Rooting around in my home office last week, I came across a receipt, stuffed in a basket with expired credit cards, hardened erasers, rejected photos, and other detritus. I was making one of my periodic, half-hearted attempts to straighten up and toss some of the stuff that seems to mushroom in there. Because it was a credit card receipt I unfolded it to look at it, assuming I’d kept it for a reason.
My heart gave a jolt as I read “All Souls Mortuary” at the top—it was the receipt for my mother’s cremation. She’ll be gone two years next week. Isn’t it a convenient world, when you can pay by credit card for these services? How far off can it be until we’re able to drive through? “You want an urn with that? The total will be $2,500. Pull up to the window.”
I stood there for a minute, recalling that alien, almost other-worldly day when I sat in the hushed conference room at the mortuary with my brother and my dear friend Christine, arranging for the simple cremation my mother had requested. She had been ill for more than three years so her death was expected, but still hit me with an ambushing force that I’ve yet to recover from.
Then I noticed the bottom of the receipt. There was the standard, cheery sign-off: “Thank You. Please Come Again.” I hadn’t seen that two years ago in my befogged state. My mother, who had a sly sense of humor, would have laughed richly at the dark joke. My 10-year-old son has evidently inherited his grandmother’s black humor gene—he was in my office at the time, reluctantly working on a report for school, another of the assignments he terms “filler” and scarcely deigns to complete.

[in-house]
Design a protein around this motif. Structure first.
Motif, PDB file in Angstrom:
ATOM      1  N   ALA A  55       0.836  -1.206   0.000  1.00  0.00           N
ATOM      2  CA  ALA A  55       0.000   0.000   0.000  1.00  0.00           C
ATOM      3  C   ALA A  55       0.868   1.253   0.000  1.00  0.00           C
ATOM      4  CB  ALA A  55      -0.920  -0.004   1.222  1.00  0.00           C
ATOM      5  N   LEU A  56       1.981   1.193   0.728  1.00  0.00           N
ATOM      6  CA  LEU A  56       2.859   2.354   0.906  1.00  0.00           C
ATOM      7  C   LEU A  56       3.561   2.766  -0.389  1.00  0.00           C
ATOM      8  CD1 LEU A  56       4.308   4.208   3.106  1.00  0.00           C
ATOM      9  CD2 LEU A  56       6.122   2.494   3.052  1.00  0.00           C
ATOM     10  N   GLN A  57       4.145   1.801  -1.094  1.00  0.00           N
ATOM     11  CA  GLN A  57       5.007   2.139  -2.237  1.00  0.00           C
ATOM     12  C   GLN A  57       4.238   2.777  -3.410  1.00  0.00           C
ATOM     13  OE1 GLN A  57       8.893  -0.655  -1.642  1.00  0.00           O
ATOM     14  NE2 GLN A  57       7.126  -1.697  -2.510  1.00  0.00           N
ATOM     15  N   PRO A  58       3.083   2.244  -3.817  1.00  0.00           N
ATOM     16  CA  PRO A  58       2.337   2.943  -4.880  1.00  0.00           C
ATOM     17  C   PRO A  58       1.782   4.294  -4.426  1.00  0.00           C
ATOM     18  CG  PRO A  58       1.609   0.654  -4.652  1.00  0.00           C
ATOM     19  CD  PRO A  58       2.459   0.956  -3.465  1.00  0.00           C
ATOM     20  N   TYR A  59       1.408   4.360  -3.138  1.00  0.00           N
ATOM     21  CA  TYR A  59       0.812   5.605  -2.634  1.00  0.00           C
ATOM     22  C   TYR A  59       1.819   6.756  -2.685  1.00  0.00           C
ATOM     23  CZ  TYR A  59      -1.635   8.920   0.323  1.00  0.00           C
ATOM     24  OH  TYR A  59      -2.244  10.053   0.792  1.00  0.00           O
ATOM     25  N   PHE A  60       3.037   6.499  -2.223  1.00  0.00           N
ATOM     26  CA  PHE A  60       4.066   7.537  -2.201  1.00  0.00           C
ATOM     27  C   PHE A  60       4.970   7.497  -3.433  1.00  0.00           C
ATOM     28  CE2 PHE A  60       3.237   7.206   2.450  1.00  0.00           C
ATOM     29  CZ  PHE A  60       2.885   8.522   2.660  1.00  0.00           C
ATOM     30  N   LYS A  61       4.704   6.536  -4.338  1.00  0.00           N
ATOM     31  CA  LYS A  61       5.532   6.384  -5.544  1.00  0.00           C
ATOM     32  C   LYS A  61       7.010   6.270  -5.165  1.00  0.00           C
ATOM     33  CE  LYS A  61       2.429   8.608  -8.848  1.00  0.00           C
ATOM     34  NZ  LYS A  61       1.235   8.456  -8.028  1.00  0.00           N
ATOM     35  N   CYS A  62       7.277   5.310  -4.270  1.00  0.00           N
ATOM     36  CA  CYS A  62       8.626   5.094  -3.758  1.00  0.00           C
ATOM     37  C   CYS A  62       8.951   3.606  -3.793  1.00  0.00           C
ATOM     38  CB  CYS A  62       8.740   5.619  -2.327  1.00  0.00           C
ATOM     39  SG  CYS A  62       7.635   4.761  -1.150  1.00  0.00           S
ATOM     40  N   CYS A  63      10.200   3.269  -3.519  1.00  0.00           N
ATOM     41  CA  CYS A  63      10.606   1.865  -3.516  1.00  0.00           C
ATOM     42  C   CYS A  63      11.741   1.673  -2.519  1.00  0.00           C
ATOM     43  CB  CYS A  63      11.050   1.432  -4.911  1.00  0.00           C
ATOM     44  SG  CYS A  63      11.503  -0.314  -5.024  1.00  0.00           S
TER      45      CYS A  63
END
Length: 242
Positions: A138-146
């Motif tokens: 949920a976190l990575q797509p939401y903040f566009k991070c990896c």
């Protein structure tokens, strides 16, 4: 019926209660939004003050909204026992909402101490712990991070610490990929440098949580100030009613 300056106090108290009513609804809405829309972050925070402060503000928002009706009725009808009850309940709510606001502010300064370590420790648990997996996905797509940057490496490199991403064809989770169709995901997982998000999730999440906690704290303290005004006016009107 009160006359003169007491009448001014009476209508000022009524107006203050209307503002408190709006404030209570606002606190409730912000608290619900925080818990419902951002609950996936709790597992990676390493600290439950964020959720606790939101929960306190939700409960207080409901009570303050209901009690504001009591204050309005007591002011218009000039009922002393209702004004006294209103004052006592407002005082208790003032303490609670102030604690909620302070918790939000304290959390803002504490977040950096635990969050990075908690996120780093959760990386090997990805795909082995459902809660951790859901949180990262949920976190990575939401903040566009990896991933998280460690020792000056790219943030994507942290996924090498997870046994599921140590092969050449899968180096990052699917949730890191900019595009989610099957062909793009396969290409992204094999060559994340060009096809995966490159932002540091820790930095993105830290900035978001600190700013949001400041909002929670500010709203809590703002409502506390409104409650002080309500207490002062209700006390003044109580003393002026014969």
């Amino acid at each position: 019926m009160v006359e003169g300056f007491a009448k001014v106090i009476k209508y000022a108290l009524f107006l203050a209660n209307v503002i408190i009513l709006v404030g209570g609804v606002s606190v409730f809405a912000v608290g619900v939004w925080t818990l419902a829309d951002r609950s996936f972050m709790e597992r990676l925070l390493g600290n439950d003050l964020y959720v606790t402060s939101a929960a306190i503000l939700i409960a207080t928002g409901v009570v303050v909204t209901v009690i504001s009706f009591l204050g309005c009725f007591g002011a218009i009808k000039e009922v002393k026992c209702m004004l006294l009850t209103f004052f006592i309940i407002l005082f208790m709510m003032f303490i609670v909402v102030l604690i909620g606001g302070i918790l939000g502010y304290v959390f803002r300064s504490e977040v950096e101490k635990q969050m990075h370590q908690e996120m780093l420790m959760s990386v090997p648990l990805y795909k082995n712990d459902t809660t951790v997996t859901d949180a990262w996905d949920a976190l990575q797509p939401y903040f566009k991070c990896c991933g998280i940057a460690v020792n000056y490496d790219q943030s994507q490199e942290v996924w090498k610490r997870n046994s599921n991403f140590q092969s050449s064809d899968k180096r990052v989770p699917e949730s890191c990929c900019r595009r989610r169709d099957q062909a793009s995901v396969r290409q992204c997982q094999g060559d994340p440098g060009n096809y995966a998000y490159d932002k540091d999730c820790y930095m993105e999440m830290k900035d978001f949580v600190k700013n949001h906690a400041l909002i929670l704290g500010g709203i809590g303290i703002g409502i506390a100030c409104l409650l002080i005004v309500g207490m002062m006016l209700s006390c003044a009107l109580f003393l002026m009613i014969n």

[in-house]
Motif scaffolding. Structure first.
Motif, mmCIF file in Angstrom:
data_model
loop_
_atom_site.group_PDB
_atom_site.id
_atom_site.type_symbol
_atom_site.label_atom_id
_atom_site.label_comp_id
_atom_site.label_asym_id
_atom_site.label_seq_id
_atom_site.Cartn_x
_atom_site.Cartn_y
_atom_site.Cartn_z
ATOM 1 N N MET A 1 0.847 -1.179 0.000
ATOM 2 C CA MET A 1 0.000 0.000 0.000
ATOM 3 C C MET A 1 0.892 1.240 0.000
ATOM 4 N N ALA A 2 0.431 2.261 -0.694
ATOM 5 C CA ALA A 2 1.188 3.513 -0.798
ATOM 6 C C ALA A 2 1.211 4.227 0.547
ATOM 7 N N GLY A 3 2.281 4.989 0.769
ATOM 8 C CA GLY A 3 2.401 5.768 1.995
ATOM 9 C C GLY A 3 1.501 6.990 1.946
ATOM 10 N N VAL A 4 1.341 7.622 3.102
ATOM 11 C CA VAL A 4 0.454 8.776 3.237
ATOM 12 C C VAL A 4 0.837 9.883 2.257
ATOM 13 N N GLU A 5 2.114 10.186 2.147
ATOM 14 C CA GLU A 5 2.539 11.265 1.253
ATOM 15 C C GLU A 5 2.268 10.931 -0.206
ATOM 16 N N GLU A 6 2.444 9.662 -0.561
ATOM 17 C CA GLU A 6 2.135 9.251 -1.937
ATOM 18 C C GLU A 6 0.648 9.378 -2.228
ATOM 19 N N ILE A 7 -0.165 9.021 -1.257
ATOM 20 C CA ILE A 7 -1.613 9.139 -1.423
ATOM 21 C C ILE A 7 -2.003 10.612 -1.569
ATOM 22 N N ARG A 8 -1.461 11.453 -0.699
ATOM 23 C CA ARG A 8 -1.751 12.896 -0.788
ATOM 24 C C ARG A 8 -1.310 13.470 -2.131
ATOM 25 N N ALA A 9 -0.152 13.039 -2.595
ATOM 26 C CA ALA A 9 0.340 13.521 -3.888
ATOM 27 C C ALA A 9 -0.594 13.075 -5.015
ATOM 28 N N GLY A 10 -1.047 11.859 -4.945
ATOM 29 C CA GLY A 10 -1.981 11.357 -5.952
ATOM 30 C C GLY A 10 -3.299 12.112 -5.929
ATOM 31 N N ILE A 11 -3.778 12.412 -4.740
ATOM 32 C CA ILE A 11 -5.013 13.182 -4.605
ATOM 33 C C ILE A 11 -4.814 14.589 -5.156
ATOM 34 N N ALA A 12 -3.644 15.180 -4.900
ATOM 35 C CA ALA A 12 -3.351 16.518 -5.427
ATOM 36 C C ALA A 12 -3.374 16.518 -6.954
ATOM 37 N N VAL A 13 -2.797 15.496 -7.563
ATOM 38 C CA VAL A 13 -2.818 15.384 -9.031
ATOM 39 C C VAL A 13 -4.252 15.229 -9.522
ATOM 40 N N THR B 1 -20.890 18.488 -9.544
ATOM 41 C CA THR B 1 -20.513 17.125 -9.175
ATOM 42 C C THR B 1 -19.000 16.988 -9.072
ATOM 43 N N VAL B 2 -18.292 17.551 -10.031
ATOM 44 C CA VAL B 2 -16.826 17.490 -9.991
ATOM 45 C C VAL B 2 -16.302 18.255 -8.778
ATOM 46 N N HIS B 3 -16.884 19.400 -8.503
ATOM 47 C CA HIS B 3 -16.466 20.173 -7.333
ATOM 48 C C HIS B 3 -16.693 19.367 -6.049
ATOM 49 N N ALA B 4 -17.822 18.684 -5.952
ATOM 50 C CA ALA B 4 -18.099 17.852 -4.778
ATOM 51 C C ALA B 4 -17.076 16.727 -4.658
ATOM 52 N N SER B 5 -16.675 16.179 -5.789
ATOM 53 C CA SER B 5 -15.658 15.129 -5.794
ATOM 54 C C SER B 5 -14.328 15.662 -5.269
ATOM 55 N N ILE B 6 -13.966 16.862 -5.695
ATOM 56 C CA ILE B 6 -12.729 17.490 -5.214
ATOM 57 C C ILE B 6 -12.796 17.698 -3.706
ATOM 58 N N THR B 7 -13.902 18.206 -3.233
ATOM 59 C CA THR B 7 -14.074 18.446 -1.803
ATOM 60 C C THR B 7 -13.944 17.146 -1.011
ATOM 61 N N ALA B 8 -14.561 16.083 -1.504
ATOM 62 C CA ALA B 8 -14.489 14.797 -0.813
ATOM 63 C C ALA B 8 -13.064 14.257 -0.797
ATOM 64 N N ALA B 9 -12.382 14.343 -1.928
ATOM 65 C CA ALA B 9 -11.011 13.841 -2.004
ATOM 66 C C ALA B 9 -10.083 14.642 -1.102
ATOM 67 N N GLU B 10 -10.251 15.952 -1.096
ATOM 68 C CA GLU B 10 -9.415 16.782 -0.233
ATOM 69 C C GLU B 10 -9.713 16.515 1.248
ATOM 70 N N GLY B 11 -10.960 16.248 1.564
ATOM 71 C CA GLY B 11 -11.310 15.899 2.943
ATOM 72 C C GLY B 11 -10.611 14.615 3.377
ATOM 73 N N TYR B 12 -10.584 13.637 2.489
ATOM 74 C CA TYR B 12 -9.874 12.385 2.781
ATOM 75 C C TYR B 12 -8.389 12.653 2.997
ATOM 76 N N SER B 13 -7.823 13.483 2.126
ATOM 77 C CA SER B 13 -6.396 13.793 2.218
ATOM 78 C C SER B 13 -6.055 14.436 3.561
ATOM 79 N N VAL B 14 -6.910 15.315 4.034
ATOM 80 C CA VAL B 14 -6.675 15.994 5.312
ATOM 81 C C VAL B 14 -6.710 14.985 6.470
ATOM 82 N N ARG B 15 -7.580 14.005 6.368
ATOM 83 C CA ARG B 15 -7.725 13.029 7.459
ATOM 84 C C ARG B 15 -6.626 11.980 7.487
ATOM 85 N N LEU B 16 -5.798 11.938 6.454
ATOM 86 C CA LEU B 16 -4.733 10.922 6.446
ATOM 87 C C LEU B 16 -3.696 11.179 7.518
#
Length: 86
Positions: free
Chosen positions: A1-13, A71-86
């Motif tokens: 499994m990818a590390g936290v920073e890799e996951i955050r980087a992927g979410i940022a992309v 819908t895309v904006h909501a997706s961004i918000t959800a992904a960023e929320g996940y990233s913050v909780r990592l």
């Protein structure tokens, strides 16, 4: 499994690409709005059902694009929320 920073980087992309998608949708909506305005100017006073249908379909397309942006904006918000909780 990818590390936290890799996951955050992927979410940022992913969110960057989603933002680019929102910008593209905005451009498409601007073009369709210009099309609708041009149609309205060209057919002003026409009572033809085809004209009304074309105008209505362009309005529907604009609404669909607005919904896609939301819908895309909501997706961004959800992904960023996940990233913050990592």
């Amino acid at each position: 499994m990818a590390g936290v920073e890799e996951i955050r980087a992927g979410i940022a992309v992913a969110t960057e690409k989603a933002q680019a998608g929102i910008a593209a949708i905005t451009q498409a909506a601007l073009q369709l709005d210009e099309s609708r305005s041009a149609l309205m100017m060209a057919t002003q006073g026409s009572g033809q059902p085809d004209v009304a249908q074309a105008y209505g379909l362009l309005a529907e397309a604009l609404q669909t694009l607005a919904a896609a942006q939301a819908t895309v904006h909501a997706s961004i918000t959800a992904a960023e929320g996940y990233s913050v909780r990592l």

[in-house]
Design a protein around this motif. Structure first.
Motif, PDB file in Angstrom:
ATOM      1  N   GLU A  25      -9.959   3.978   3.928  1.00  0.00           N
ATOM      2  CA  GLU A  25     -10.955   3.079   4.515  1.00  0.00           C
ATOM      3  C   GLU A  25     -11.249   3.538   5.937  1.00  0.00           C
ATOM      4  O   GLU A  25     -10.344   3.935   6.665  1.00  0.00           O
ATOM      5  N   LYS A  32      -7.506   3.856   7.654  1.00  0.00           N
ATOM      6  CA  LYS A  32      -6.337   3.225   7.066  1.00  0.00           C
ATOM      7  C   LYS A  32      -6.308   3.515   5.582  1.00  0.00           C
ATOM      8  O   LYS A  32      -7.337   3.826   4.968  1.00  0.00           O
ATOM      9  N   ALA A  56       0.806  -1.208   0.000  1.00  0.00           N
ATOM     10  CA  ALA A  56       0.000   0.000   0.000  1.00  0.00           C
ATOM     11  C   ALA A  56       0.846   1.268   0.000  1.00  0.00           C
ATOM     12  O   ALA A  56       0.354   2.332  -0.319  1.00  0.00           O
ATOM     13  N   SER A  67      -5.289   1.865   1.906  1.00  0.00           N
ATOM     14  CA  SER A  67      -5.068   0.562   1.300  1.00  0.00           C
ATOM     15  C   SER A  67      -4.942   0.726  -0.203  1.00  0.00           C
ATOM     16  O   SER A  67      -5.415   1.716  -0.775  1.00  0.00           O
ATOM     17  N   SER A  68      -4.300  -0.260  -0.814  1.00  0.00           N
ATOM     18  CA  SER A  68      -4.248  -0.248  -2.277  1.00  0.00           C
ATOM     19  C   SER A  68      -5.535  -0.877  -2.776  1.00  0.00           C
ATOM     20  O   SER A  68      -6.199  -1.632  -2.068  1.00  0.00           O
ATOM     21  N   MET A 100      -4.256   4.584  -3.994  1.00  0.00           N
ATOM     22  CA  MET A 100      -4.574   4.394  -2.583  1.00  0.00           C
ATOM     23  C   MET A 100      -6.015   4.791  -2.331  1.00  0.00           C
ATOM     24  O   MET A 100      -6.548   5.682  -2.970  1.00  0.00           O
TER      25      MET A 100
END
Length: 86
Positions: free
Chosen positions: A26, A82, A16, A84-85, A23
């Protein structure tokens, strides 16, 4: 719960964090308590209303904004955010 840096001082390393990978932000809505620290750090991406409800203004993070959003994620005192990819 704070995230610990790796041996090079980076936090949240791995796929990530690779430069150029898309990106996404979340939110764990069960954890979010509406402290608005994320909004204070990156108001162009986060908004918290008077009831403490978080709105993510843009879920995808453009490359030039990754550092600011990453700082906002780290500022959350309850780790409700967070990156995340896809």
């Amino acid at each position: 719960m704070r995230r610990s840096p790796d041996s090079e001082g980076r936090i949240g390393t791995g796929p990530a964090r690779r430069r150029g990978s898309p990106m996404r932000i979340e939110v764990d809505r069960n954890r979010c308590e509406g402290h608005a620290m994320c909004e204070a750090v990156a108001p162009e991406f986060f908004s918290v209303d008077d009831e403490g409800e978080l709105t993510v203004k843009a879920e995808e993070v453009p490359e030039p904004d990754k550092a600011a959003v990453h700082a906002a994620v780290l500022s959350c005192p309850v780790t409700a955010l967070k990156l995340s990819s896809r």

I showed him the receipt and the breezy tag line at the bottom. He rolled his eyes. “‘Yes, we hope five more of your relatives die soon’” he said sarcastically. “‘Please come again to choose several additional crushed-velvet-lined caskets.’” I laughed in spite of myself, his smart-aleckyness somehow consoling.
As the two-year anniversary of my mother’s death nears, I’ve had this stunned feeling. I’m shocked by how much I still miss her, how imminent her last days appear, and by the recurrent heaviness in my chest. It’s not that I expected to be past the sense of loss by now; I knew that life would never be the same without her. But I couldn’t have anticipated how large her absence would be.
In my mother’s eulogy I said we would think of her every time we heard a really good joke: she loved to laugh and always found something funny about even the grimmest situation. Maybe her spirit prompted me to unearth that receipt and consider the absurdity of inviting mortuary customers for return visits. Thank you, Mom. Please Come Again.